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Assessment of Cesarean hysterotomy scar before pregnancy and at 11–14 weeks of gestation : a prospective cohort study

Baranov, Anton LU ; Salvesen, K. LU and Vikhareva, O. LU (2017) In Ultrasound in Obstetrics and Gynecology 50(1). p.105-109
Abstract

Objective: To compare the appearance and measurement of Cesarean hysterotomy scar before pregnancy and at 11–14 weeks in a subsequent pregnancy. Methods: This was a prospective cohort study of women aged 18–35 years who had one previous Cesarean delivery (CD) at ≥ 37 weeks. Women were examined with saline contrast sonohysterography 6–9 months after CD. A scar defect was defined as large if scar thickness was ≤ 2.5 mm. Women were followed up and those who became pregnant were examined by transvaginal ultrasound at 11–14 weeks. Scar thickness was measured and scars were classified subjectively as a scar with or without a large defect. A receiver–operating characteristics curve was constructed to determine the best cut-off value for scar... (More)

Objective: To compare the appearance and measurement of Cesarean hysterotomy scar before pregnancy and at 11–14 weeks in a subsequent pregnancy. Methods: This was a prospective cohort study of women aged 18–35 years who had one previous Cesarean delivery (CD) at ≥ 37 weeks. Women were examined with saline contrast sonohysterography 6–9 months after CD. A scar defect was defined as large if scar thickness was ≤ 2.5 mm. Women were followed up and those who became pregnant were examined by transvaginal ultrasound at 11–14 weeks. Scar thickness was measured and scars were classified subjectively as a scar with or without a large defect. A receiver–operating characteristics curve was constructed to determine the best cut-off value for scar thickness to define a large scar defect at the 11–14-week scan. Results: A total of 111 women with a previous CD were scanned in the non-pregnant state and at 11–14 weeks in a subsequent pregnancy. The best cut-off value for scar thickness to define a large scar defect at 11–14 weeks was 2.85 mm, which had 90% sensitivity (18/20), 97% specificity (88/91) and 95% accuracy (106/111). In the non-pregnant state, large scar defects were found in 18 (16%) women and all were confirmed at the 11–14-week scan. In addition, a large defect was found in three women at 11–14 weeks that was not identified in the non-pregnant state. Conclusion: The appearance of the Cesarean hysterotomy scar was similar in the non-pregnant state and at 11–14 weeks in a subsequent pregnancy. Copyright © 2016 ISUOG. Published by John Wiley & Sons Ltd.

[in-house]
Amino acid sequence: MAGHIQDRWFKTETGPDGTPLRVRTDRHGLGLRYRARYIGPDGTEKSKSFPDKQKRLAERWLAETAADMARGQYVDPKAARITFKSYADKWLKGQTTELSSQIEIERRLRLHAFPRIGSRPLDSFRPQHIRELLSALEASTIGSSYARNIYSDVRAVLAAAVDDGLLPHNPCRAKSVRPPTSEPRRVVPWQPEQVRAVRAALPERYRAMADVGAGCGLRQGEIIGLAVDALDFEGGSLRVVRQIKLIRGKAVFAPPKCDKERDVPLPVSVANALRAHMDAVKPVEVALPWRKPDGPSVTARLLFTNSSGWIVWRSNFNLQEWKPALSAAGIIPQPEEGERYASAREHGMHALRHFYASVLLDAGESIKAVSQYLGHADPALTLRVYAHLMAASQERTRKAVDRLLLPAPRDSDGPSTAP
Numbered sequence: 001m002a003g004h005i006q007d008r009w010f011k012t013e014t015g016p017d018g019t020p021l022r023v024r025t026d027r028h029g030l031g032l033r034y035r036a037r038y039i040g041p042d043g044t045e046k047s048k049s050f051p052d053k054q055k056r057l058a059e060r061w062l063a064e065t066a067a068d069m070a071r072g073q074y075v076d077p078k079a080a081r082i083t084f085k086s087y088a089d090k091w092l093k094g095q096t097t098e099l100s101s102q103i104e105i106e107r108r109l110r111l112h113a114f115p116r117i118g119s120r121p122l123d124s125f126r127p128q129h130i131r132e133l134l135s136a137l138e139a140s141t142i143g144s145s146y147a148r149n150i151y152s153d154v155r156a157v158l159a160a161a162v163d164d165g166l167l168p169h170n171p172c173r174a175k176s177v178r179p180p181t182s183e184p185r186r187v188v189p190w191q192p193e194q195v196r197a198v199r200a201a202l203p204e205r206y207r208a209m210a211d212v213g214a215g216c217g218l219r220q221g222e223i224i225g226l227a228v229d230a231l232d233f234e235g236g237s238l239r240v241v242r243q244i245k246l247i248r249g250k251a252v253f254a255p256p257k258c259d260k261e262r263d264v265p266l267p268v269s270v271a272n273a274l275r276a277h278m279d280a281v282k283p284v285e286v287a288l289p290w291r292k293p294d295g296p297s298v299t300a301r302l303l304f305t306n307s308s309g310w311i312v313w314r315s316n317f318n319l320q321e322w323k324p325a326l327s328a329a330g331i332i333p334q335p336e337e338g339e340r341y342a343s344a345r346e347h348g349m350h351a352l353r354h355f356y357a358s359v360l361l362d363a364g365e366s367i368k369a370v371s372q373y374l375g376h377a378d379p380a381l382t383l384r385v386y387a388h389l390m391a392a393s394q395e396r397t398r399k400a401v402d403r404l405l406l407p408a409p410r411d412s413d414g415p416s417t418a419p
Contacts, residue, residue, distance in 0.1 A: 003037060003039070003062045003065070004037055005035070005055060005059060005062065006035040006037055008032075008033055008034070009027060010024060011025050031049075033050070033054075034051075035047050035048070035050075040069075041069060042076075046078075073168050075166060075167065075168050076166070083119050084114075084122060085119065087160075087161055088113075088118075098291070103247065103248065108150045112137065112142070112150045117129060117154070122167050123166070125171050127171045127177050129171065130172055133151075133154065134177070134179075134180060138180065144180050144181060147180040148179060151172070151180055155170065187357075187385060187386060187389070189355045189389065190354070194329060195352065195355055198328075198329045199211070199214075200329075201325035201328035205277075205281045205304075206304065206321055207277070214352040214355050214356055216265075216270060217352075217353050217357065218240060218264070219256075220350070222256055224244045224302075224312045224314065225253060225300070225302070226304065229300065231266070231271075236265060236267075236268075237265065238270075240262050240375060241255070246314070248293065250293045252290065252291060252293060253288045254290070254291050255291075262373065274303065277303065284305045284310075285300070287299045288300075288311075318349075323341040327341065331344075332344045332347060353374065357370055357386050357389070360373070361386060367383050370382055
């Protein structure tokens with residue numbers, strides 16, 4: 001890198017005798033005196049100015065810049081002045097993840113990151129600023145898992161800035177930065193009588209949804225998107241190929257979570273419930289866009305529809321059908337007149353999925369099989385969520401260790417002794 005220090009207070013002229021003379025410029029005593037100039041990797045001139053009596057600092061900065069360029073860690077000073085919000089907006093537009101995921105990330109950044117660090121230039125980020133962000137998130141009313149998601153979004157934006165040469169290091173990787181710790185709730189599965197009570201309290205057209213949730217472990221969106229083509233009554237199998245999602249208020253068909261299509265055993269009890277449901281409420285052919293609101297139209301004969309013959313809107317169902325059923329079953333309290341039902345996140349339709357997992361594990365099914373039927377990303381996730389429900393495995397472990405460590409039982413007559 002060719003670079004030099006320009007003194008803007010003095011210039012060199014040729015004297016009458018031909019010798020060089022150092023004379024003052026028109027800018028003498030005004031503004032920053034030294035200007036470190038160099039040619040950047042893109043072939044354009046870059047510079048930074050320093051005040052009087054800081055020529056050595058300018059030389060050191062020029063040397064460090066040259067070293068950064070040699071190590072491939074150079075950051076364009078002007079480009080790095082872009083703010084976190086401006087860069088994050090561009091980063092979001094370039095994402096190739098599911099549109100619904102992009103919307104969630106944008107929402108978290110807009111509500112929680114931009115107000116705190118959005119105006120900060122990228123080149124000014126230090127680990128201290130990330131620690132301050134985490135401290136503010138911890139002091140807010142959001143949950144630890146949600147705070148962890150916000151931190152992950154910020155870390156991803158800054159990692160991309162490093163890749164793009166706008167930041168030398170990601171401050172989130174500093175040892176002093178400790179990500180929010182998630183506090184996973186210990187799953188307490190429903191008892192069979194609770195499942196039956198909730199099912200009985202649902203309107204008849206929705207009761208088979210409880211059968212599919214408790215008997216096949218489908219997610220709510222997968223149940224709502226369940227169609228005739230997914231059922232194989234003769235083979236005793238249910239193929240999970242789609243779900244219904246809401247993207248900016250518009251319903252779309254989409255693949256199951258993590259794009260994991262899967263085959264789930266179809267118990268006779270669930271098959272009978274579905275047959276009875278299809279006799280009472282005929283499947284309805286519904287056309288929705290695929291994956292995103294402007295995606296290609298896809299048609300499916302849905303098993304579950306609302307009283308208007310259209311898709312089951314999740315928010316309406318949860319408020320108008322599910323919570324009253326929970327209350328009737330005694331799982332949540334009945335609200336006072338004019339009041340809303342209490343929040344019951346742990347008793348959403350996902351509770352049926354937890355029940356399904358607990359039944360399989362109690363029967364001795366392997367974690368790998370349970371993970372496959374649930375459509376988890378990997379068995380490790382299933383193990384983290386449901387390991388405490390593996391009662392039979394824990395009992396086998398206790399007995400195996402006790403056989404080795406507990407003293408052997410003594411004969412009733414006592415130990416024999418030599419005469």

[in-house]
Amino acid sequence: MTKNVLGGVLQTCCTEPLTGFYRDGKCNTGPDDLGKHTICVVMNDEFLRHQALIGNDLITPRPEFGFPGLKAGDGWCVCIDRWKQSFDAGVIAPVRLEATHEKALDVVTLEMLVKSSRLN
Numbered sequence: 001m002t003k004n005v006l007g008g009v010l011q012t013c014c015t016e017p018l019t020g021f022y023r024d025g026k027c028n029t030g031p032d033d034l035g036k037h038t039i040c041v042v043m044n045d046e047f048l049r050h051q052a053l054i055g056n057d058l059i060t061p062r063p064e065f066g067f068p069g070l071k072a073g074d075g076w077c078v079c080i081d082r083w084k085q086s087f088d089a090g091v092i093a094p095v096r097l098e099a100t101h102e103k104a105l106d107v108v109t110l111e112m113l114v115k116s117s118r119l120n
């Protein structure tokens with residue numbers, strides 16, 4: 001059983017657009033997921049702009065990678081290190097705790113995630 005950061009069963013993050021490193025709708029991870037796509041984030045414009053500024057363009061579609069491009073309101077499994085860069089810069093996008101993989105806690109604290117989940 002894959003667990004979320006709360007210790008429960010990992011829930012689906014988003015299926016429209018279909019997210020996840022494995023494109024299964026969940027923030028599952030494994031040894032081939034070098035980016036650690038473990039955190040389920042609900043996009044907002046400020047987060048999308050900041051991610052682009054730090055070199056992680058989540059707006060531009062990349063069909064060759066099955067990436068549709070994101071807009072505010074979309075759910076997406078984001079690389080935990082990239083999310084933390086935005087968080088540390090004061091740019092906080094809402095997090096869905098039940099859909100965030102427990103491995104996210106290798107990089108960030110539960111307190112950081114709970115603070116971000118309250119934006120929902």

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author
organization
publishing date
type
Contribution to journal
publication status
published
subject
keywords
11–14-week scan, Cesarean delivery, non-pregnant women, saline contrast sonohysterography, scar defect, ultrasonography
in
Ultrasound in Obstetrics and Gynecology
volume
50
issue
1
pages
5 pages
publisher
John Wiley & Sons
external identifiers
  • scopus:85021846957
  • wos:000404985500014
ISSN
0960-7692
DOI
10.1002/uog.16220
language
English
LU publication?
yes
id
abf0f154-9cf8-4f8a-8086-ca3aae976660
date added to LUP
2017-07-25 14:28:00
date last changed
2017-09-18 11:39:23
@article{abf0f154-9cf8-4f8a-8086-ca3aae976660,
  abstract     = {<p>Objective: To compare the appearance and measurement of Cesarean hysterotomy scar before pregnancy and at 11–14 weeks in a subsequent pregnancy. Methods: This was a prospective cohort study of women aged 18–35 years who had one previous Cesarean delivery (CD) at ≥ 37 weeks. Women were examined with saline contrast sonohysterography 6–9 months after CD. A scar defect was defined as large if scar thickness was ≤ 2.5 mm. Women were followed up and those who became pregnant were examined by transvaginal ultrasound at 11–14 weeks. Scar thickness was measured and scars were classified subjectively as a scar with or without a large defect. A receiver–operating characteristics curve was constructed to determine the best cut-off value for scar thickness to define a large scar defect at the 11–14-week scan. Results: A total of 111 women with a previous CD were scanned in the non-pregnant state and at 11–14 weeks in a subsequent pregnancy. The best cut-off value for scar thickness to define a large scar defect at 11–14 weeks was 2.85 mm, which had 90% sensitivity (18/20), 97% specificity (88/91) and 95% accuracy (106/111). In the non-pregnant state, large scar defects were found in 18 (16%) women and all were confirmed at the 11–14-week scan. In addition, a large defect was found in three women at 11–14 weeks that was not identified in the non-pregnant state. Conclusion: The appearance of the Cesarean hysterotomy scar was similar in the non-pregnant state and at 11–14 weeks in a subsequent pregnancy. Copyright © 2016 ISUOG. Published by John Wiley &amp; Sons Ltd.</p>},
  author       = {Baranov, Anton and Salvesen, K. and Vikhareva, O.},
  issn         = {0960-7692},
  keyword      = {11–14-week scan,Cesarean delivery,non-pregnant women,saline contrast sonohysterography,scar defect,ultrasonography},
  language     = {eng},
  month        = {07},
  number       = {1},
  pages        = {105--109},
  publisher    = {John Wiley & Sons},
  series       = {Ultrasound in Obstetrics and Gynecology},
  title        = {Assessment of Cesarean hysterotomy scar before pregnancy and at 11–14 weeks of gestation : a prospective cohort study},
  url          = {http://dx.doi.org/10.1002/uog.16220},
  volume       = {50},
  year         = {2017},
}